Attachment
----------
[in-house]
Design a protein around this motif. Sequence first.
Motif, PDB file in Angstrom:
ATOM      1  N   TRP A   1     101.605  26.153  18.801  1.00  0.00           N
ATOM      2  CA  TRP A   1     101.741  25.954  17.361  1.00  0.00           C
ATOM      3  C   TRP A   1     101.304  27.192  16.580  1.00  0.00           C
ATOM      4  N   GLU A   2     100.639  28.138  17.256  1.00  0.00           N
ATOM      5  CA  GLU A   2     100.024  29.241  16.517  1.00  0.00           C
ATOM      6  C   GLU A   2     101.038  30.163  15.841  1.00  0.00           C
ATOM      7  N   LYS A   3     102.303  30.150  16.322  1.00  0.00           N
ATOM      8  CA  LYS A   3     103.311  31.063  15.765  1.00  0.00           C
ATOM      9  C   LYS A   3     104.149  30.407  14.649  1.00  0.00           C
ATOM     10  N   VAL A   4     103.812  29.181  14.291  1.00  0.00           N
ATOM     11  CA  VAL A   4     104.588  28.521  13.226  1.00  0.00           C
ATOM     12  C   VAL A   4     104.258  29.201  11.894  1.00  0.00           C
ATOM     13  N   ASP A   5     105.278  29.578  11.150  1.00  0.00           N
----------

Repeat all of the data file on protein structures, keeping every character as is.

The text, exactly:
[in-house]
Design a protein around this motif. Sequence first.
Motif, PDB file in Angstrom:
ATOM      1  N   TRP A   1     101.605  26.153  18.801  1.00  0.00           N
ATOM      2  CA  TRP A   1     101.741  25.954  17.361  1.00  0.00           C
ATOM      3  C   TRP A   1     101.304  27.192  16.580  1.00  0.00           C
ATOM      4  N   GLU A   2     100.639  28.138  17.256  1.00  0.00           N
ATOM      5  CA  GLU A   2     100.024  29.241  16.517  1.00  0.00           C
ATOM      6  C   GLU A   2     101.038  30.163  15.841  1.00  0.00           C
ATOM      7  N   LYS A   3     102.303  30.150  16.322  1.00  0.00           N
ATOM      8  CA  LYS A   3     103.311  31.063  15.765  1.00  0.00           C
ATOM      9  C   LYS A   3     104.149  30.407  14.649  1.00  0.00           C
ATOM     10  N   VAL A   4     103.812  29.181  14.291  1.00  0.00           N
ATOM     11  CA  VAL A   4     104.588  28.521  13.226  1.00  0.00           C
ATOM     12  C   VAL A   4     104.258  29.201  11.894  1.00  0.00           C
ATOM     13  N   ASP A   5     105.278  29.578  11.150  1.00  0.00           N